An epic saga based on true events of the American West —with the trailblazing fur trappers and the mountain men who lived it. This is an unforgettable journey into the untamed American frontier. Where nature is cruel, violence lurks behind every tree, and where only the strongest of the strong survive. This is a story of America.
TO THE RIVER’S END
Luke Ransom was just eighteen years old when he answered an ad in a St. Louis newspaper that would change his life forever. The American Fur Company needed one-hundred enterprising men to travel up the Missouri River—the longest in North America—all the way to its source. They would hunt and trap furs for one, two, or three years. Along the way, they would face unimaginable hardships: grueling weather, wild animals, hunger, exhaustion, and hostile attacks by the Blackfeet and Arikara. Luke Ransom was one of the brave men chosen for the job—and one of the few to survive . . .
Five years later, Luke is a seasoned trapper and hunter, a master of his trade. The year is 1833, and the American Fur Company is sending him to the now-famous Rendezvous at Green River. For Luke, it may be his last job for the company. After facing death countless times, he is ready to strike out on his own. But when he encounters a fellow trapper under attack by Indians, his life takes an unexpected turn. A new friendship is forged in blood. And a dangerous new journey begins…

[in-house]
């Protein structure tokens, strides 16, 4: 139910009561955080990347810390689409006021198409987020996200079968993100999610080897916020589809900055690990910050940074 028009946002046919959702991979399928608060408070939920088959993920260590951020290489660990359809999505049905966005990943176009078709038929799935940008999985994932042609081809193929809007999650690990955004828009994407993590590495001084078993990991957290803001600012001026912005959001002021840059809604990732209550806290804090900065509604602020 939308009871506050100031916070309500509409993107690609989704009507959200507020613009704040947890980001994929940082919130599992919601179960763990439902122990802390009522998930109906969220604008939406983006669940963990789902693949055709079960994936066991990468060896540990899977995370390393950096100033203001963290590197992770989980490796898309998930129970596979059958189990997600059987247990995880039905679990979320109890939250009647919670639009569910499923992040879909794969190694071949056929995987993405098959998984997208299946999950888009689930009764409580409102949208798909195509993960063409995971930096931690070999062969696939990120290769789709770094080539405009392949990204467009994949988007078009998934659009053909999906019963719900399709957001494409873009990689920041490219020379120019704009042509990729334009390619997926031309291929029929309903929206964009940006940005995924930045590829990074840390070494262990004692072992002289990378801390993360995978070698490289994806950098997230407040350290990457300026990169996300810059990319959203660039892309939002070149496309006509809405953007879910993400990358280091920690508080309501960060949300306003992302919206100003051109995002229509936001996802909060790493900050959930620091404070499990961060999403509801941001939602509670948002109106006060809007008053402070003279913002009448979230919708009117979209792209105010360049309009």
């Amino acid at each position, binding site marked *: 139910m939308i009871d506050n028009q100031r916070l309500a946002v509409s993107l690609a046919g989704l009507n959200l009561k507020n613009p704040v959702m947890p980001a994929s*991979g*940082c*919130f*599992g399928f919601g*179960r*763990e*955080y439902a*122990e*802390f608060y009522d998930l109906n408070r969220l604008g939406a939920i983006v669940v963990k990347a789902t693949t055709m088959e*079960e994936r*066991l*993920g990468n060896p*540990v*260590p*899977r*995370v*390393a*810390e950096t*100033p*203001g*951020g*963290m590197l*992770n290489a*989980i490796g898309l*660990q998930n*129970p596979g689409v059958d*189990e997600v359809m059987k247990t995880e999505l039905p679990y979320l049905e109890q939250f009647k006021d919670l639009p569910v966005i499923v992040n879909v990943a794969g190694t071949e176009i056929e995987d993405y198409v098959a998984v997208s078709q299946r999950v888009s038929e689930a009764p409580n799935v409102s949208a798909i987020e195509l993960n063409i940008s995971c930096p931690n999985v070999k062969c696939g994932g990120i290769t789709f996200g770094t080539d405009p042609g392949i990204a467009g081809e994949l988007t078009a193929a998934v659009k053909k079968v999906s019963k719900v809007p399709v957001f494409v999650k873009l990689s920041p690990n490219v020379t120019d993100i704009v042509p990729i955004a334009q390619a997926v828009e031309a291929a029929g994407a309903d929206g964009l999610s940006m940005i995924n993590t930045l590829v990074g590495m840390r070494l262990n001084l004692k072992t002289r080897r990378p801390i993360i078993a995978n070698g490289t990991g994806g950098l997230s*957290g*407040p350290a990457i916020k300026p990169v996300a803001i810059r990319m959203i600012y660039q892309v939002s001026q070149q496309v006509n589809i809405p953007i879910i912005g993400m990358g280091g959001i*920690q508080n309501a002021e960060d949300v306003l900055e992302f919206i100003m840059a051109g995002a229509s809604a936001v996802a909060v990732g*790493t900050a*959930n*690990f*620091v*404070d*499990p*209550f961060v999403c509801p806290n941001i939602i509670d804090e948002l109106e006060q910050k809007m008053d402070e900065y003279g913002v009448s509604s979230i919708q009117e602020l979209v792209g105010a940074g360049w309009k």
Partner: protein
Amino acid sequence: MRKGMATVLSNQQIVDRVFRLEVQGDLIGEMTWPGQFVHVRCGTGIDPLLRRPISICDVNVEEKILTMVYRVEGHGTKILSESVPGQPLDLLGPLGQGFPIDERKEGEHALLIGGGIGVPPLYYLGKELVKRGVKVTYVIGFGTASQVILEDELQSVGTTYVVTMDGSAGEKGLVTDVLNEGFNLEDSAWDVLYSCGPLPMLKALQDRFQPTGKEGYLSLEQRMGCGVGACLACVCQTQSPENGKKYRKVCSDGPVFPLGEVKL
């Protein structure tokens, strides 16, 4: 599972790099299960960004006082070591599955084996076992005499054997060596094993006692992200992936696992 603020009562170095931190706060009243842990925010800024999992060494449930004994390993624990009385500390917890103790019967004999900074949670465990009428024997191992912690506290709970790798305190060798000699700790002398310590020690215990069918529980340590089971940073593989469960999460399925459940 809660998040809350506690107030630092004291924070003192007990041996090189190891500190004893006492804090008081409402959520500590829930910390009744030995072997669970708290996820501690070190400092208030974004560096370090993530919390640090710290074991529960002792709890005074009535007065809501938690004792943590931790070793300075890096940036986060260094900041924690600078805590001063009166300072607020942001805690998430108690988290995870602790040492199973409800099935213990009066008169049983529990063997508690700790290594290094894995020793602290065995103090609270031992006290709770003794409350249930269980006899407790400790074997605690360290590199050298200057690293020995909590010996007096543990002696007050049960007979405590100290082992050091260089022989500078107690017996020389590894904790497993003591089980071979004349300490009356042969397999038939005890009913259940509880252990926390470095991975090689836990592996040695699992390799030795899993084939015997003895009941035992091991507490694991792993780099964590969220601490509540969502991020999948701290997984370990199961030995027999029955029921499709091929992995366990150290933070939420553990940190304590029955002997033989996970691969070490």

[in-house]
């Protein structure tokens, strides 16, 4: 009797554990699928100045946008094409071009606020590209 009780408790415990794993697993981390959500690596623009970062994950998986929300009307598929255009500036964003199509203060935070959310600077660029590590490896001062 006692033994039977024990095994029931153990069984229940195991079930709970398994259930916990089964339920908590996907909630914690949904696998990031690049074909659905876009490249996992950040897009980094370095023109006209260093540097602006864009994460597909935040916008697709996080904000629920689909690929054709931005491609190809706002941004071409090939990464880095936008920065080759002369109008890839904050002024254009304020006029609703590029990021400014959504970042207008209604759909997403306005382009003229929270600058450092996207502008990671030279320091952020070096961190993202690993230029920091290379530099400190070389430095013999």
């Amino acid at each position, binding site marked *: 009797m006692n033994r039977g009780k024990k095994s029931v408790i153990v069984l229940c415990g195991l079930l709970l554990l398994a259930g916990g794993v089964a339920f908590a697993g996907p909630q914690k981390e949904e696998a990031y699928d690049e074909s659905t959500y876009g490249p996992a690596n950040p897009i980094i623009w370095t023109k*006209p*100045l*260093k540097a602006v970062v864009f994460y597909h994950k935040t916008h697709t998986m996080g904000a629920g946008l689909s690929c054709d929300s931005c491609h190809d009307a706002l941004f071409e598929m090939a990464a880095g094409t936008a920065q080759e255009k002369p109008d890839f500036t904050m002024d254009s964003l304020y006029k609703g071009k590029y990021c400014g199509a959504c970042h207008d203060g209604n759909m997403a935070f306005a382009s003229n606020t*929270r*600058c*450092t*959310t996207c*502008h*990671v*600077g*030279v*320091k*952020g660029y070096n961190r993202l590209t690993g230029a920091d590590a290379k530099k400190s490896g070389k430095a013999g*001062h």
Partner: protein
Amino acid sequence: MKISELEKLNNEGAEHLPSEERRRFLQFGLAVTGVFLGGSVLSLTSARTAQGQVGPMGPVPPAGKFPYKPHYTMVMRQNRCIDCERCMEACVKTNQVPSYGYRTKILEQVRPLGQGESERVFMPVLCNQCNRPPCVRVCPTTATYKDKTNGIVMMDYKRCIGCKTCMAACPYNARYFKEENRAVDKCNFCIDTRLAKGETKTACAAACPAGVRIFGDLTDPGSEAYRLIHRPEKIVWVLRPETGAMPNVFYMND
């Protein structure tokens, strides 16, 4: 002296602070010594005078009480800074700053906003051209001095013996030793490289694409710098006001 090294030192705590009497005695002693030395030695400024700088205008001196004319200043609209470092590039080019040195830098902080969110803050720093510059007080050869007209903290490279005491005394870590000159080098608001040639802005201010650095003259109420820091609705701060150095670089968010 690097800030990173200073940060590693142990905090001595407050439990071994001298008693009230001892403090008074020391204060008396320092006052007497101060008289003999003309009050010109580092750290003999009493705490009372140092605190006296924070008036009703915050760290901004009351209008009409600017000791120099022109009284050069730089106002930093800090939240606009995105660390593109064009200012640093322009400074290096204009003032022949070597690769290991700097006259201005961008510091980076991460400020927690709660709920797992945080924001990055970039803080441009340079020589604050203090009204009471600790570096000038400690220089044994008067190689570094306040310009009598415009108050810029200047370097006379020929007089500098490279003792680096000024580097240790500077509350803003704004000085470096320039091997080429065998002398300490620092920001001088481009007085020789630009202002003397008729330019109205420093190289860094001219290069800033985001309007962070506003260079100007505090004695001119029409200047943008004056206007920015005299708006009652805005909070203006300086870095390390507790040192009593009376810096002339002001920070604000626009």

About the Author
William W. Johnstone is the USA Today and New York Times bestselling author of over 300 books, including Preacher, The Last Mountain Man, Luke Jensen Bounty Hunter, Flintlock, Savage Texas, Matt Jensen, The Last Mountain Man; The Family Jensen, Sidewinders, and Shawn O'Brien Town Tamer . His thrillers include Phoenix Rising, Home Invasion, The Blood of Patriots, The Bleeding Edge, and Suicide Mission. Visit his website at www.williamjohnstone.net or by email at firstname.lastname@example.org.
Being the all-around assistant, typist, researcher, and fact checker to one of the most popular western authors of all time, J.A. Johnstone learned from the master, Uncle William W. Johnstone.
He began tutoring J.A. at an early age. After-school hours were often spent retyping manuscripts or researching his massive American Western history library as well as the more modern wars and conflicts. J.A. worked hard—and learned.
"Every day with Bill was an adventure story in itself. Bill taught me all he could about the art of storytelling. ‘Keep the historical facts accurate,' he would say. ‘Remember the readers, and as your grandfather once told me, I am telling you now: be the best J.A. Johnstone you can be.'"